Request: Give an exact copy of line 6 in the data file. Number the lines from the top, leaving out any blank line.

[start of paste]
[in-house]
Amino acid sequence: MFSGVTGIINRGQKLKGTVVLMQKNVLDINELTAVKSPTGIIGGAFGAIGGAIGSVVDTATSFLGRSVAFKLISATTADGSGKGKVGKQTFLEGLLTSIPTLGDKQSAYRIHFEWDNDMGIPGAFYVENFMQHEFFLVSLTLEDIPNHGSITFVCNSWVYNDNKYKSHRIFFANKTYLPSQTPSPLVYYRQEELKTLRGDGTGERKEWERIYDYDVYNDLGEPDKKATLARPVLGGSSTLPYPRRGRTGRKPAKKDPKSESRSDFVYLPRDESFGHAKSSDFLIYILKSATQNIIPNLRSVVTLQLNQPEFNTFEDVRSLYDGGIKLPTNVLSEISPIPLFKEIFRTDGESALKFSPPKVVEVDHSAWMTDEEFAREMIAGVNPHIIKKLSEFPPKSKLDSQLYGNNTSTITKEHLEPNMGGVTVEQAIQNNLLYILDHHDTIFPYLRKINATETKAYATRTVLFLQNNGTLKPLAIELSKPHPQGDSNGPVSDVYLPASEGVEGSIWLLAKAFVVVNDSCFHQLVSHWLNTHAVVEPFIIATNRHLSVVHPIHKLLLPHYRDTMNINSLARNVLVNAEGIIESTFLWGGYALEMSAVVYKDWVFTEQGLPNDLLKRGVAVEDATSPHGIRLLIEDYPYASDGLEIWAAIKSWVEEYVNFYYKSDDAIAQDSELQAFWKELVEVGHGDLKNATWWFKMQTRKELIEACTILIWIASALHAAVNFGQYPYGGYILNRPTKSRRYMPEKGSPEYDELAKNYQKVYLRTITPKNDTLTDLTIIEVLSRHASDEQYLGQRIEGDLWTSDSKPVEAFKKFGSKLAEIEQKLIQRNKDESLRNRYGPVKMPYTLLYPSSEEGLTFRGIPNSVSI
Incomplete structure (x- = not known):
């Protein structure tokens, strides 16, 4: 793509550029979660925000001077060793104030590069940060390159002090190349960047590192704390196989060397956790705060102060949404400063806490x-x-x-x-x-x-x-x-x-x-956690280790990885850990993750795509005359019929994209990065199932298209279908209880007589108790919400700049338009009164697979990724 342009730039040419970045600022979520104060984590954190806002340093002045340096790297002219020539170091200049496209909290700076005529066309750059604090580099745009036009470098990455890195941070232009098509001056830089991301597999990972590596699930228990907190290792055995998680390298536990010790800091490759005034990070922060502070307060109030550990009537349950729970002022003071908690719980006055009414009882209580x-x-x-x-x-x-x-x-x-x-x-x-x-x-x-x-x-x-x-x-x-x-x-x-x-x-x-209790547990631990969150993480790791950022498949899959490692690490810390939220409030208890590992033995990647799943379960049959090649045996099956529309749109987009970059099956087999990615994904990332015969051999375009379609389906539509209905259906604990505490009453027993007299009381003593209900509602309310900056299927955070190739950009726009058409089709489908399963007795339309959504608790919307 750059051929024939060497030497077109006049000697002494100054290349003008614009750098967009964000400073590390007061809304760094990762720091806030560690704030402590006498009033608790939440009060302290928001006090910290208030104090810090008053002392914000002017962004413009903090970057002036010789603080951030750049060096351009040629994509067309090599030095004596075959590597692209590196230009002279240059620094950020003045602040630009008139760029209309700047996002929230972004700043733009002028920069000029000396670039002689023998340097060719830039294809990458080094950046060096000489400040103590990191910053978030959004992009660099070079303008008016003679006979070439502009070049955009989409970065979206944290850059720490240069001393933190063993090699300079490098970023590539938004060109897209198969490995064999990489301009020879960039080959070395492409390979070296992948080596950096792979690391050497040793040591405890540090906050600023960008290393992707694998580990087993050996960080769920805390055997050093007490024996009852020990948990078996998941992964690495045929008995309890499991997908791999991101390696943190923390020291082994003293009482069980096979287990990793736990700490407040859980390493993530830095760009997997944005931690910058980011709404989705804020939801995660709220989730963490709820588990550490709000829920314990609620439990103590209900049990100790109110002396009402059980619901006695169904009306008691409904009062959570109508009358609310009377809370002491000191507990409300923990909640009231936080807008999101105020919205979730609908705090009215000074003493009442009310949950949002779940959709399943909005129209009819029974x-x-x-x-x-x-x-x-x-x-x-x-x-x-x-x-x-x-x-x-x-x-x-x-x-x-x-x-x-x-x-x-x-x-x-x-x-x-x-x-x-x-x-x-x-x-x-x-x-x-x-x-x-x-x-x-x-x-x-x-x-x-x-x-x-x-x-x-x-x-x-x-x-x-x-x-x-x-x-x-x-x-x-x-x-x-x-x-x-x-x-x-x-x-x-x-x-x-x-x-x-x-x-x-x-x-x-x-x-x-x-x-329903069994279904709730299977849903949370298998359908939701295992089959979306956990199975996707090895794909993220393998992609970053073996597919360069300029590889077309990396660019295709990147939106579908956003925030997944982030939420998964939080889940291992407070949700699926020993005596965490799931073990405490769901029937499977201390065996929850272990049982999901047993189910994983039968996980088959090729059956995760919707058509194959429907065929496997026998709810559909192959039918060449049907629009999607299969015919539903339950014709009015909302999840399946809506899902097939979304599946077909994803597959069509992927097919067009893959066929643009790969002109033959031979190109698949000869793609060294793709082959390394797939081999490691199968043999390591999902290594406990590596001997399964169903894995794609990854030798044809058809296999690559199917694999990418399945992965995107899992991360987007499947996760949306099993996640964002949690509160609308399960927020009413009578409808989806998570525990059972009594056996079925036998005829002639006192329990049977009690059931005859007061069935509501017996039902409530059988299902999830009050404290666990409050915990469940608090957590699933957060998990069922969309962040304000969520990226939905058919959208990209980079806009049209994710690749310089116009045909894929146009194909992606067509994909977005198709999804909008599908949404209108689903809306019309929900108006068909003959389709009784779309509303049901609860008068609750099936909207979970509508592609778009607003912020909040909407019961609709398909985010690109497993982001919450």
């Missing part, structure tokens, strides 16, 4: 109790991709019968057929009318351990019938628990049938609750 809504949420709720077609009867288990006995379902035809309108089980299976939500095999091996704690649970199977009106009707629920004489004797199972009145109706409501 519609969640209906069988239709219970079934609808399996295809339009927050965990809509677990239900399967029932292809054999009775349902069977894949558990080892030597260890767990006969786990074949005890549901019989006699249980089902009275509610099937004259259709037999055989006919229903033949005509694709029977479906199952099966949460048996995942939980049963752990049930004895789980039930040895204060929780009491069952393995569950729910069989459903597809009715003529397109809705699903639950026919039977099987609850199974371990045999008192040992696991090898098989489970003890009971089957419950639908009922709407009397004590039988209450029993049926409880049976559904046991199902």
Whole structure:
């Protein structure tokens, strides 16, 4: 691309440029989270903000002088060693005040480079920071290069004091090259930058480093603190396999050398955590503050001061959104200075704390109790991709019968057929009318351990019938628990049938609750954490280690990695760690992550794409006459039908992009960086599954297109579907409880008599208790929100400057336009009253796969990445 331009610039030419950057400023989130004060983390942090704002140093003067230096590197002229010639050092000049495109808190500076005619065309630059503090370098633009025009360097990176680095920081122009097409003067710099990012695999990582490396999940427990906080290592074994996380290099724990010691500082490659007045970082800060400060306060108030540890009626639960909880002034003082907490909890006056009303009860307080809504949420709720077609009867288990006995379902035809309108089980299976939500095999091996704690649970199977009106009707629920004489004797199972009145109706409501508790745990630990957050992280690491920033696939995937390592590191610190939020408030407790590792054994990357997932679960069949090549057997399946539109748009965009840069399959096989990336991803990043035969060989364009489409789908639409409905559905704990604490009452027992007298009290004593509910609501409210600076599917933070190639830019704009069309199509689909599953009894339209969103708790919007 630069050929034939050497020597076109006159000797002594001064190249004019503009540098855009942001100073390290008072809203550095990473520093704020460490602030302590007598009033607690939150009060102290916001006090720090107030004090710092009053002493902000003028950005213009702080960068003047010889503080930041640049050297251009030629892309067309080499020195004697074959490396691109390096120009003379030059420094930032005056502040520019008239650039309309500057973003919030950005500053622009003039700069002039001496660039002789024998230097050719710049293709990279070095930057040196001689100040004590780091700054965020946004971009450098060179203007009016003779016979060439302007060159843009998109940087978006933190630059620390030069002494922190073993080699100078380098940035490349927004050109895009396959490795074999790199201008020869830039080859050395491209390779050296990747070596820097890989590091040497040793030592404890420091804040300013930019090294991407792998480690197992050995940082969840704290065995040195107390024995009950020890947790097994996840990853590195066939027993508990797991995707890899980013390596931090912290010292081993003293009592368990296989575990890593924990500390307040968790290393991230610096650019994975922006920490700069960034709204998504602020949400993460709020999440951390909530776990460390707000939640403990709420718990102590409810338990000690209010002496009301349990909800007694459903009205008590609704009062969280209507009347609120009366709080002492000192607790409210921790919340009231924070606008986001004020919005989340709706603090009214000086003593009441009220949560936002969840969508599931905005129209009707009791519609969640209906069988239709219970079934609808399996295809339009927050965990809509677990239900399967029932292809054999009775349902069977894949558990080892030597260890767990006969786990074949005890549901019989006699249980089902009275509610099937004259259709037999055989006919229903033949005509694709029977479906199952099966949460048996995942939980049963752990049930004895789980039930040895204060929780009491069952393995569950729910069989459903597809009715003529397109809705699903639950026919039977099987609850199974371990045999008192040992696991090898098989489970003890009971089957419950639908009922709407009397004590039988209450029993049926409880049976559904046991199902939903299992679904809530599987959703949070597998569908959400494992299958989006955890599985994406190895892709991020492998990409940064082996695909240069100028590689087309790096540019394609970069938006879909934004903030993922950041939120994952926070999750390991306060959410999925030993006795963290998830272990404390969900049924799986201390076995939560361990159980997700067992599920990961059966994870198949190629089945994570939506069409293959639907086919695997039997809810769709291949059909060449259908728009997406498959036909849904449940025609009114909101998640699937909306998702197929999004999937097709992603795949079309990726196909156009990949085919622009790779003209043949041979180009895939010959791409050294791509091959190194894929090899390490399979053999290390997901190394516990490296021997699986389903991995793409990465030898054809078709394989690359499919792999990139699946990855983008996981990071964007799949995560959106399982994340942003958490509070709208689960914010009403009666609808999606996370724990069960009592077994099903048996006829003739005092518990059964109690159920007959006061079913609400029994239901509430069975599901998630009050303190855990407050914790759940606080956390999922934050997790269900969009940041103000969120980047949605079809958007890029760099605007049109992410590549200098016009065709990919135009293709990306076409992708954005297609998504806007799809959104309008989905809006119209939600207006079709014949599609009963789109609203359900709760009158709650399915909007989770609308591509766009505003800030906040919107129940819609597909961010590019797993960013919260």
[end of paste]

Whole structure: